This week, Average Bear Reviews will be taking a break from reviews. I had the honor of interviewing the band The Maine on April 25 at the Bottom Lounge in Chicago.
After listening and reviewing The Maine’s latest record and admiring it so much, I decided to grab tickets to their show in Chicago at The Bottom Lounge. I knew it was a long shot, but since we were going to make the trip anyway, I decided to throw The Maine an invitation for an interview before the show. They replied, got me in contact with their tour manager, and before I knew it, I was standing outside of their tour bus.
I walked into the bus and before me stood the whole band in the flesh. I took a deep breath and composed myself, making sure to come off professionally (though, let’s be honest, I was as cheery as a schoolgirl). I shook hands with everyone and sat down in their lounge area. In front of me was John O’Callaghan (lead singer), Jared Monaco (lead guitarist), and Patrick Kirch (drums). The other two members stayed in the rear by themselves due to limited room in the bus. From here, the interview began.
M: So, how was the show last night? (This would be their second night in Chicago)
Jared: It was great! Last night was easily one of the best shows we have ever played. It was fantastic. We love the crowd here in Chicago, it’s always a great time.
M: That’s great to hear! Chicago is my area for concerts, so I love to hear bands enjoy playing here. So, let’s talk about “American Candy.” What was the inspiration for the title and the cover art?
John: Well, the cover and the title correlate with one another. I wanted to represent a very eerie and perfectionist, utopian kind of feel. The title represents everything I don’t enjoy about society and all of the different devices that are fed to us on a daily basis.
M: Sure, so kind of in relation to your song “Vanilla”?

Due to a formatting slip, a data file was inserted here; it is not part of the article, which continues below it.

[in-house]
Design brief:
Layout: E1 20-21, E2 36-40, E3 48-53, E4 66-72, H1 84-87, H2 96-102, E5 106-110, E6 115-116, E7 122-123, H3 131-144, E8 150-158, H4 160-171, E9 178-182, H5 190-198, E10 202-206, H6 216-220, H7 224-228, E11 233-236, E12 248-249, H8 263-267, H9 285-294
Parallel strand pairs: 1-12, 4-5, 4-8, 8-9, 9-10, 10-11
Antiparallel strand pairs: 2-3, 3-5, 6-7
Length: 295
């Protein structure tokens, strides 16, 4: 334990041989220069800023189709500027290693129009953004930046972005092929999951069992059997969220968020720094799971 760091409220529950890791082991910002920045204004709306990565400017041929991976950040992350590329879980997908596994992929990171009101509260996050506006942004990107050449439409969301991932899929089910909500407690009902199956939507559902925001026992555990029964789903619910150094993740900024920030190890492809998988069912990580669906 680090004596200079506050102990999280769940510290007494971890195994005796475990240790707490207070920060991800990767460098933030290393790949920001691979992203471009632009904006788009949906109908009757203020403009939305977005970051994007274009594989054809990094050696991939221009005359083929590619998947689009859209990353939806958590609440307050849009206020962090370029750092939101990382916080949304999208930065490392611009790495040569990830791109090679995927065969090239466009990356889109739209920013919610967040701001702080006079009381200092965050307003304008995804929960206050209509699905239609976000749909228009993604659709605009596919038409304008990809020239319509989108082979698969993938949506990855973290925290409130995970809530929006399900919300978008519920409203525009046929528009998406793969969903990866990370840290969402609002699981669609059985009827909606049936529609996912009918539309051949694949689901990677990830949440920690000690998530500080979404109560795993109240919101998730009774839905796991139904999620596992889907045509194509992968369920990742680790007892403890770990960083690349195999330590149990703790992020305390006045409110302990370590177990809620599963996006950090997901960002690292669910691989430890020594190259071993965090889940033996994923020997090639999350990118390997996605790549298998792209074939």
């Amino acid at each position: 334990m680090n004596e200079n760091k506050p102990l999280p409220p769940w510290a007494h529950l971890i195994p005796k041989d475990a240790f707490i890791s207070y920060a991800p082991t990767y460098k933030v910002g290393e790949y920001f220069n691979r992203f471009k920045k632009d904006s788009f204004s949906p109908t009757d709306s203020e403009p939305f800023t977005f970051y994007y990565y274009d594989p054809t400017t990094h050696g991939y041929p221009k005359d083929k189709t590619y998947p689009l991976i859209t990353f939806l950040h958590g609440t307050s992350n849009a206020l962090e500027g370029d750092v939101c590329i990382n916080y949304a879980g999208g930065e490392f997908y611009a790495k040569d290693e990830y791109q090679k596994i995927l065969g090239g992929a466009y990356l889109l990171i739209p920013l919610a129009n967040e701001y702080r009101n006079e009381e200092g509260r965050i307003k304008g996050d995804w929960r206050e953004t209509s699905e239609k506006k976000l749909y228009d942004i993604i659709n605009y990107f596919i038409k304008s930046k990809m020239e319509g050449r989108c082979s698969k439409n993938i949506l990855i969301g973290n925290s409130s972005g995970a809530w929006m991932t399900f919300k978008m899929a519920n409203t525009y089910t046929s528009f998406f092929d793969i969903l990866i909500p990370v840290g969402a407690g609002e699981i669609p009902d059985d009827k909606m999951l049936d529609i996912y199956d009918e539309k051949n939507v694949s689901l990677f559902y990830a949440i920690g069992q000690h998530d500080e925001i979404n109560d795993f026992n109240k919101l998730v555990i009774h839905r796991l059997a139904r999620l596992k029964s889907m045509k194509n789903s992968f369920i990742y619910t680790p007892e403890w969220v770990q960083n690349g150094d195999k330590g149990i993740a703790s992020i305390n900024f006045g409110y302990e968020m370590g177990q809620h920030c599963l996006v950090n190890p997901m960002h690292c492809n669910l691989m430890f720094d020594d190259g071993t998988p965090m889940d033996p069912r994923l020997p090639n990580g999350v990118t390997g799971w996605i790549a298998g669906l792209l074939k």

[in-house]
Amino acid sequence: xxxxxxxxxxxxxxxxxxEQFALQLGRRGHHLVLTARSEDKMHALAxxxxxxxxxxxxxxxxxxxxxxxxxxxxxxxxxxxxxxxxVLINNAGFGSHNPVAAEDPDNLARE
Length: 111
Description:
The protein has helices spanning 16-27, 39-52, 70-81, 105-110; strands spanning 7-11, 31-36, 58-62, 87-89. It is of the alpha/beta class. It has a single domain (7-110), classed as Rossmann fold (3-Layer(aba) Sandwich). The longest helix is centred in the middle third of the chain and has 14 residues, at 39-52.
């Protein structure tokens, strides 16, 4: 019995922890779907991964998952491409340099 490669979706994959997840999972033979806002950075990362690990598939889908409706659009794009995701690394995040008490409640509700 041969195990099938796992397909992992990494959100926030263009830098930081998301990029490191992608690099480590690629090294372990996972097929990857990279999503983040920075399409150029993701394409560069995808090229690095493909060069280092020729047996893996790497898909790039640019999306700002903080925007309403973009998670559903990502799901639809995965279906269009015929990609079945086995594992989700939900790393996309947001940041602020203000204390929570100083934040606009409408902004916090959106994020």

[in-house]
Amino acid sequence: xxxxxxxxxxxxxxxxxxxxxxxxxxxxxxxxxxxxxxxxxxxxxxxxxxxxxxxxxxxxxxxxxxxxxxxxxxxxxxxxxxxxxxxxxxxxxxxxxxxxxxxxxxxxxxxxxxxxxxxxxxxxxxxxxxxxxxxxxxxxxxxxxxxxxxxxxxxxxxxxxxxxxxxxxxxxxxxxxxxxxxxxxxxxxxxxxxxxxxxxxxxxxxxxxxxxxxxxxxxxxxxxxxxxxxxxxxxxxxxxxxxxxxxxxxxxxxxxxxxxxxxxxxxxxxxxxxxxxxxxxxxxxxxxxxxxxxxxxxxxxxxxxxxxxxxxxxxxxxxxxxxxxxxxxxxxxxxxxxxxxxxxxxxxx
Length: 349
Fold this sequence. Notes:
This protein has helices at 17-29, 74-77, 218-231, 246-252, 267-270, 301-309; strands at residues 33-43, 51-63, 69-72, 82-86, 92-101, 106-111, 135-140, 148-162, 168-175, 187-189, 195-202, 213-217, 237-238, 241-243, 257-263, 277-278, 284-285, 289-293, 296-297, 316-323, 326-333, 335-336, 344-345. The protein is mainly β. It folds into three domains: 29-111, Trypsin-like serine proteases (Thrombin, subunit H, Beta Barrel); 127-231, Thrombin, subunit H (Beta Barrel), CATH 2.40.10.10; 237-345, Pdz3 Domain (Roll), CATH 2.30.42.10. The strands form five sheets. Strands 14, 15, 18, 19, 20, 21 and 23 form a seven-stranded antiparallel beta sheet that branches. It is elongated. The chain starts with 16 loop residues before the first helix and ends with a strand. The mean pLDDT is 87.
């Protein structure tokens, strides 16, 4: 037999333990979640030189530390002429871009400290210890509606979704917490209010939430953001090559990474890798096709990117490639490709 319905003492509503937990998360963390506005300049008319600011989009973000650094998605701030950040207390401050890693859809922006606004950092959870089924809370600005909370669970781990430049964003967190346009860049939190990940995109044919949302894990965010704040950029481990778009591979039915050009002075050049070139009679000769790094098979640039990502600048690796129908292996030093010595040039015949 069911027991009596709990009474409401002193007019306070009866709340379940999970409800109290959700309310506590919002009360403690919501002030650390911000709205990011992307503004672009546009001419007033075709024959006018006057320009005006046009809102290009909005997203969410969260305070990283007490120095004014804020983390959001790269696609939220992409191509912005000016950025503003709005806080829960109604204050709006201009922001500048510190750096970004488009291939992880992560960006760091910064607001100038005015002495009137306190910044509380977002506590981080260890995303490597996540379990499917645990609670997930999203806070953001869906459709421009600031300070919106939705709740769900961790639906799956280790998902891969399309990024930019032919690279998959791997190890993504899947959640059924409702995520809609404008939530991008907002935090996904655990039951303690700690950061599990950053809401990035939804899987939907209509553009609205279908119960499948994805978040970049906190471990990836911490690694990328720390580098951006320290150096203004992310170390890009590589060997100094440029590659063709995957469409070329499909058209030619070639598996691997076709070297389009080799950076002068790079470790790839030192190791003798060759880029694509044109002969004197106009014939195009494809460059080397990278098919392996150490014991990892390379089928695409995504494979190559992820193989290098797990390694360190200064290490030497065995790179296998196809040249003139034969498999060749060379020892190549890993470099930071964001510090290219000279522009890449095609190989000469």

John: Yeah, actually, that’s exactly what it’s all about.
M: Awesome, that’s a great avenue to explore. Now, on the album, every song feels very light hearted and cheerful, except for the track “24 Floors”. Could we talk about this track in specific?
John: I think it was an important song for the record. It brought the album back a bit to the mindset of our previous work and shows a bit of what I was going through at the time. We didn’t want to completely abandon all of that thinking on this album, but I think it’s optimistic and still fits in with the rest of the vibe. It’s not necessarily following the negative aspects of that topic. There aren’t any ballads on the album, and we felt this was the closest we would come to that.
Jared: Yeah, it is definitely the most serious topic on the entire album for sure. Even though that’s true, I still admire that about the album, that although it’s upbeat and happy it still brings it down to earth at times.
M: Definitely. It certainly rounded it out nicely, which is one of the reasons this album is so great. I noticed that the last three albums you’ve released (“Pioneer,” “Forever Halloween,” “American Candy”) have had faces on the cover. Is there any reason behind that?
John: I actually did an interview a few weeks ago and they pointed out that we went from Halloween to Candy and thought that was interesting. To be honest, it is definitely not on purpose.
Jared: Our fans are very good at reading in between the lines and finding these types of things. In reality, it’s really all coincidence.
M: So, to get back on topic, let’s talk about the band’s history. It’s obvious you have changed a lot since the beginning, and specifically in your sound. The first record seemed to be much pop-ier than your recent attempts, but that pop flare is back on “American Candy.” Would you say you have been trying to do away with that sound and are now starting to embrace it, or has it always been prevalent in your writing?
John: I think if you listen to the songs, they all follow that formulaic verse-chorus flow that you will find in a lot of pop music.
Jared: Yeah, and we have said many times that we see our music as pop songs disguised as rock songs.
John: The biggest obstacle in writing out first record was that it was the first time for me to ever write music and in a lot of ways I look at that album and I realized I was pulling from other sources for inspiration. “American Candy” is certainly the first album where I feel that what I’m saying is embracing the writing we did eight years ago but on my terms.